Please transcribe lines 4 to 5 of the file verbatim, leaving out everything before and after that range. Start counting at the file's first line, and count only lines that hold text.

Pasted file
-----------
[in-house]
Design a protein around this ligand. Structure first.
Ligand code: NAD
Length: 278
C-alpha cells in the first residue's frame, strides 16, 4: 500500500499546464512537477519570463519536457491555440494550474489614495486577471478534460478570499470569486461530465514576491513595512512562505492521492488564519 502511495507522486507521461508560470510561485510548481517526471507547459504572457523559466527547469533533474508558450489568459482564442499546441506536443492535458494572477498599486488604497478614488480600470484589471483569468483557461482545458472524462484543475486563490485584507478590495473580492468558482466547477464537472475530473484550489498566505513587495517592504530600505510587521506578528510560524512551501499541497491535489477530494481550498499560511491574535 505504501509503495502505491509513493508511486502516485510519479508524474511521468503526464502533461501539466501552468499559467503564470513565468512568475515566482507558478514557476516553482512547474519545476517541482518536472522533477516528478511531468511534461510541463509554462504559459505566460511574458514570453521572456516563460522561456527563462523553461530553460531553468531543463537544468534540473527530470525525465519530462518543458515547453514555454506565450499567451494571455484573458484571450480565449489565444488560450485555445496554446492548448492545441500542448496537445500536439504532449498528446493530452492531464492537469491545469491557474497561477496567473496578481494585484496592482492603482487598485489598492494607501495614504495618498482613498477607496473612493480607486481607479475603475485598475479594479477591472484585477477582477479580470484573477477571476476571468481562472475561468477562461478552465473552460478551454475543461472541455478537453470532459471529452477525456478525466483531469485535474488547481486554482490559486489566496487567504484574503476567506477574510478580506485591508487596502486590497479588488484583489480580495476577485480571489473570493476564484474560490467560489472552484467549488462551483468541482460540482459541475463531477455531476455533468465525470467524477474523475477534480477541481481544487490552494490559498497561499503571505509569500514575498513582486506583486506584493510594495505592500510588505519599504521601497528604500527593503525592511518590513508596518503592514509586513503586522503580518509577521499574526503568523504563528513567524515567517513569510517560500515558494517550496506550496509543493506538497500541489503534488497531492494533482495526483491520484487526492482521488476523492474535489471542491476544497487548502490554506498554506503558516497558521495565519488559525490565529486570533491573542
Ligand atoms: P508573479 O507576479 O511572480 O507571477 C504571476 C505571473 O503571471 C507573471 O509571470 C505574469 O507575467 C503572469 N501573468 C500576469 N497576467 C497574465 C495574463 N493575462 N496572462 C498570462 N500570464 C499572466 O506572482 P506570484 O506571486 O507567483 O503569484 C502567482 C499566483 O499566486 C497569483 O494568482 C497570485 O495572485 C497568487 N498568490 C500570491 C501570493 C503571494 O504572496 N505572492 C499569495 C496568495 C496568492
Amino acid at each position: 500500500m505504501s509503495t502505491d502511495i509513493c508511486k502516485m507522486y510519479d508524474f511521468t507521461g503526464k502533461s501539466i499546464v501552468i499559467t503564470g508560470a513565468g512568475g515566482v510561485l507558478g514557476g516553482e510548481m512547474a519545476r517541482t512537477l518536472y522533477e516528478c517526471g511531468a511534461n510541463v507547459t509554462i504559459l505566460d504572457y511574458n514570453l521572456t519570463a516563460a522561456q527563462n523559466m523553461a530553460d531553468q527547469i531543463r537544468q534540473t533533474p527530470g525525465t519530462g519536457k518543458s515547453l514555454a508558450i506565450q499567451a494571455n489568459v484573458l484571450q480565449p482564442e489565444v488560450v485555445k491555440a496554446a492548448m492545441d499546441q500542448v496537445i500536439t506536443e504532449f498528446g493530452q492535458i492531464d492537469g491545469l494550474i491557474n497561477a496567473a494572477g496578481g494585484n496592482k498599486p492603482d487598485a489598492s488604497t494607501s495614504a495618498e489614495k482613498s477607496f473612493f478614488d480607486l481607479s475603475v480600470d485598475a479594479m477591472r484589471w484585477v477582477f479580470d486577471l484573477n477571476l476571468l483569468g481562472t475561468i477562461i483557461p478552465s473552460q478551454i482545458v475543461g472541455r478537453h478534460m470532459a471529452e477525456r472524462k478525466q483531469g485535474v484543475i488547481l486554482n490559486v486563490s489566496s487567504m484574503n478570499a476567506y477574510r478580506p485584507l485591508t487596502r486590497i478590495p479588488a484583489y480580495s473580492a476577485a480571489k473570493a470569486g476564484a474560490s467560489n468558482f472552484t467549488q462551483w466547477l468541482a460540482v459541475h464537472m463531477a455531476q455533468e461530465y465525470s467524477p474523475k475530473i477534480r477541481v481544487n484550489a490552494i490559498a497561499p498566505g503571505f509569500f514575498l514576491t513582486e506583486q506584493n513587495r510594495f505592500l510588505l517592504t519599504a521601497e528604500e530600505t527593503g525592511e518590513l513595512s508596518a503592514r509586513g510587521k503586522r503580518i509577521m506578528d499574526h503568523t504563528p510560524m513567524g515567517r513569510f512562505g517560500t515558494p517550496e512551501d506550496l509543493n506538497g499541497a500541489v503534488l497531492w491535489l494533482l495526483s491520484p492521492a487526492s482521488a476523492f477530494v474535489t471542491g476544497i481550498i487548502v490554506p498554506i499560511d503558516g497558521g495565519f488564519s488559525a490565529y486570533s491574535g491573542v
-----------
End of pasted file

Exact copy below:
Length: 278
C-alpha cells in the first residue's frame, strides 16, 4: 500500500499546464512537477519570463519536457491555440494550474489614495486577471478534460478570499470569486461530465514576491513595512512562505492521492488564519 502511495507522486507521461508560470510561485510548481517526471507547459504572457523559466527547469533533474508558450489568459482564442499546441506536443492535458494572477498599486488604497478614488480600470484589471483569468483557461482545458472524462484543475486563490485584507478590495473580492468558482466547477464537472475530473484550489498566505513587495517592504530600505510587521506578528510560524512551501499541497491535489477530494481550498499560511491574535 505504501509503495502505491509513493508511486502516485510519479508524474511521468503526464502533461501539466501552468499559467503564470513565468512568475515566482507558478514557476516553482512547474519545476517541482518536472522533477516528478511531468511534461510541463509554462504559459505566460511574458514570453521572456516563460522561456527563462523553461530553460531553468531543463537544468534540473527530470525525465519530462518543458515547453514555454506565450499567451494571455484573458484571450480565449489565444488560450485555445496554446492548448492545441500542448496537445500536439504532449498528446493530452492531464492537469491545469491557474497561477496567473496578481494585484496592482492603482487598485489598492494607501495614504495618498482613498477607496473612493480607486481607479475603475485598475479594479477591472484585477477582477479580470484573477477571476476571468481562472475561468477562461478552465473552460478551454475543461472541455478537453470532459471529452477525456478525466483531469485535474488547481486554482490559486489566496487567504484574503476567506477574510478580506485591508487596502486590497479588488484583489480580495476577485480571489473570493476564484474560490467560489472552484467549488462551483468541482460540482459541475463531477455531476455533468465525470467524477474523475477534480477541481481544487490552494490559498497561499503571505509569500514575498513582486506583486506584493510594495505592500510588505519599504521601497528604500527593503525592511518590513508596518503592514509586513503586522503580518509577521499574526503568523504563528513567524515567517513569510517560500515558494517550496506550496509543493506538497500541489503534488497531492494533482495526483491520484487526492482521488476523492474535489471542491476544497487548502490554506498554506503558516497558521495565519488559525490565529486570533491573542